In her annual State of the State address tonight, Michigan Gov. Jennifer Granholm is expected to ask state colleges not to raise student tuition next year.
But University officials aren’t making any promises.
In an interview yesterday, Vice Provost for Academic and Budgetary Affairs Philip Hanlon said he wasn’t yet aware of the specifics of Granholm’s plan. He said the University hasn’t determined if a tuition increase will be necessary next year.
“We don’t actually have the specifics of what Granholm is going to propose, but we look forward to learning more from her address tomorrow evening,” Hanlon said.
Granholm is expected to call for a tuition freeze at all state schools in exchange for increases in state funding and additional money from the stimulus package currently being considered by the U.S. Senate. Granholm is also expected to penalize schools that raise tuition by decreasing state aid and possibly redirecting stimulus money.
Last year Granholm made a similar call to universities, asking them to cap tuition increases to the rate of inflation, then 2.3 percent. Granholm had planned to give universities a 3-percent increase in state funding last year, but the legislature reduced that amount to a 1-percent increase.
When asked whether the University would raise tuition next year, Hanlon would not comment, saying it was too early in the budget process to speculate about possible tuition increases.
“We’re in the very early stages of developing next year’s budgets so we’re still trying to understand our cost increases,” he said. “We’re working really hard on expenditure reduction efforts and we’re also watching next year’s enrollment very closely. Those are all very crucial things to our budget for next year.”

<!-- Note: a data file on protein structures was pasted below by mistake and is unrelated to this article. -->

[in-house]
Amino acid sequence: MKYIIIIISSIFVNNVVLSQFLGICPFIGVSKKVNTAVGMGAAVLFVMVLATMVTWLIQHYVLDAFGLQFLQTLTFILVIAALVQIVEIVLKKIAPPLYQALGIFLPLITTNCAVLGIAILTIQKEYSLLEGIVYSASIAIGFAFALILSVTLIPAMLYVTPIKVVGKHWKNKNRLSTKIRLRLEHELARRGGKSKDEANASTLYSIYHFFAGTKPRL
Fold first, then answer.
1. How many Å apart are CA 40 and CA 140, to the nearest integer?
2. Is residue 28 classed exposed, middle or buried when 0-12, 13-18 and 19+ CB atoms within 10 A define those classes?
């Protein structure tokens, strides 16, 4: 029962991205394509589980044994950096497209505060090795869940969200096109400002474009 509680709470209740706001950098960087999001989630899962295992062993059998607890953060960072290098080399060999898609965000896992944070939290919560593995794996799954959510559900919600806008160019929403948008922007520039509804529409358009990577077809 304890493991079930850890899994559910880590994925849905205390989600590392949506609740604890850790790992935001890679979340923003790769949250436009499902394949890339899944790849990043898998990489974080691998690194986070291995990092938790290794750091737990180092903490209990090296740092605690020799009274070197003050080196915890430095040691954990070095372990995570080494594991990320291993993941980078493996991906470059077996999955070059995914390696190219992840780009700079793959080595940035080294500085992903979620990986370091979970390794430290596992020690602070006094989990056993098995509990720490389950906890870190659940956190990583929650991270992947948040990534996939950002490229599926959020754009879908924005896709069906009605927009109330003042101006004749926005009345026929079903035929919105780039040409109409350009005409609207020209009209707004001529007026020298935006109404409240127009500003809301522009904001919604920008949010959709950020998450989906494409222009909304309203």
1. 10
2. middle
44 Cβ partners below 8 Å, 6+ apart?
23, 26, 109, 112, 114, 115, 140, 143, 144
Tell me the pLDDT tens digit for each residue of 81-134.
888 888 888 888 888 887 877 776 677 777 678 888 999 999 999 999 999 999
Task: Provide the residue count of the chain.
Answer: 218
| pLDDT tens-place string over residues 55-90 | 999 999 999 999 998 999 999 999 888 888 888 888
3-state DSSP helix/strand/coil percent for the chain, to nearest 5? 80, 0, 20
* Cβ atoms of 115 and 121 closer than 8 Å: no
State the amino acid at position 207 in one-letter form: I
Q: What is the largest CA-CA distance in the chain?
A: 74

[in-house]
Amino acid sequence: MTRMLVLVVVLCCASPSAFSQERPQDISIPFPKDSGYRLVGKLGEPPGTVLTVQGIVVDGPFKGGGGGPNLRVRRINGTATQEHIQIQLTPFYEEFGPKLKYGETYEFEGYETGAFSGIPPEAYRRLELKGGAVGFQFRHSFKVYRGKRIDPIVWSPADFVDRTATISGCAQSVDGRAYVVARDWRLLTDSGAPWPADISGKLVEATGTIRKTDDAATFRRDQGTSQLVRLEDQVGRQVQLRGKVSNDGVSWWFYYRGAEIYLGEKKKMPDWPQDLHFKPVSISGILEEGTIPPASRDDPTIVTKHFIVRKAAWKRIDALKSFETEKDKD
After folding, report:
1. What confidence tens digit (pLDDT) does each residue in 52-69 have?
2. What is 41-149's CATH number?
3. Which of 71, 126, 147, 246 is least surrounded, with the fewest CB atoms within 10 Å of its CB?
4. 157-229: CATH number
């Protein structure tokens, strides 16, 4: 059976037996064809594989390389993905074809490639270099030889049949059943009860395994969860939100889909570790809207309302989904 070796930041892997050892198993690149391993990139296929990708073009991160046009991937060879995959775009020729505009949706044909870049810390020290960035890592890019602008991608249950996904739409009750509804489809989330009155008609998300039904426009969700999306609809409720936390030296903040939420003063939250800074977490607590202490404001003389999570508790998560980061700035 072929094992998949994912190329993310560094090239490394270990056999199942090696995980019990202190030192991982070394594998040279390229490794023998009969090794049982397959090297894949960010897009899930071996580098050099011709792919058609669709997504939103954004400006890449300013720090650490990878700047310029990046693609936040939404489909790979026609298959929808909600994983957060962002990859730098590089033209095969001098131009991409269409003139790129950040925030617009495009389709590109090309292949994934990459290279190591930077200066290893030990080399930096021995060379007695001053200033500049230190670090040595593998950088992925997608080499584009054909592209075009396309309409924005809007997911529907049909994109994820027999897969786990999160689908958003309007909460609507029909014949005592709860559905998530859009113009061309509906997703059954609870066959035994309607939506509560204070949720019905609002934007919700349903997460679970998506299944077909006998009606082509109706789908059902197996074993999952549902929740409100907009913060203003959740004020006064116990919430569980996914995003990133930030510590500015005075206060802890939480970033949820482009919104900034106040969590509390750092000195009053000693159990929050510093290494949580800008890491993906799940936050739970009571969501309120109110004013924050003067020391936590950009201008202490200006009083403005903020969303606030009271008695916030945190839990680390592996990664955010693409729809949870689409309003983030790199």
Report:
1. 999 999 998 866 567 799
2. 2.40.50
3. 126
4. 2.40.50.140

Although it’s early in the budget process, Hanlon said the University understands the economic difficulties families are facing and will make financial aid a major priority.
“We share (Granholm’s) concerns about the financial hardships of our state and all the citizens of our state,” he said. “I can assure you that financial aid will be a big focus in our budget planning and development.”
The University has raised tuition every year for the past nine years. Increases have ranged from a 2.8 percent-increase in 2000 and 2004 to a 12.3-percent increase in 2005.
The University raised tuition by 5.6 percent last year, when the state’s 15 public universities averaged a seven percent tuition increase.
Hanlon said although the University has raised tuition in the past, financial aid increases have often outpaced tuition increases.
Increasing financial aid resources and containing costs will continue to be priorities for the University, Hanlon said.
“One thing I can assure you is that accessibility is going to be a really high priority,” he said.
Granholm’s will deliver the State of the State tonight at 7 p.m. from the House chamber of the state Capitol before a joint session of the state House and Senate.
—The Associate Press contributed to this report.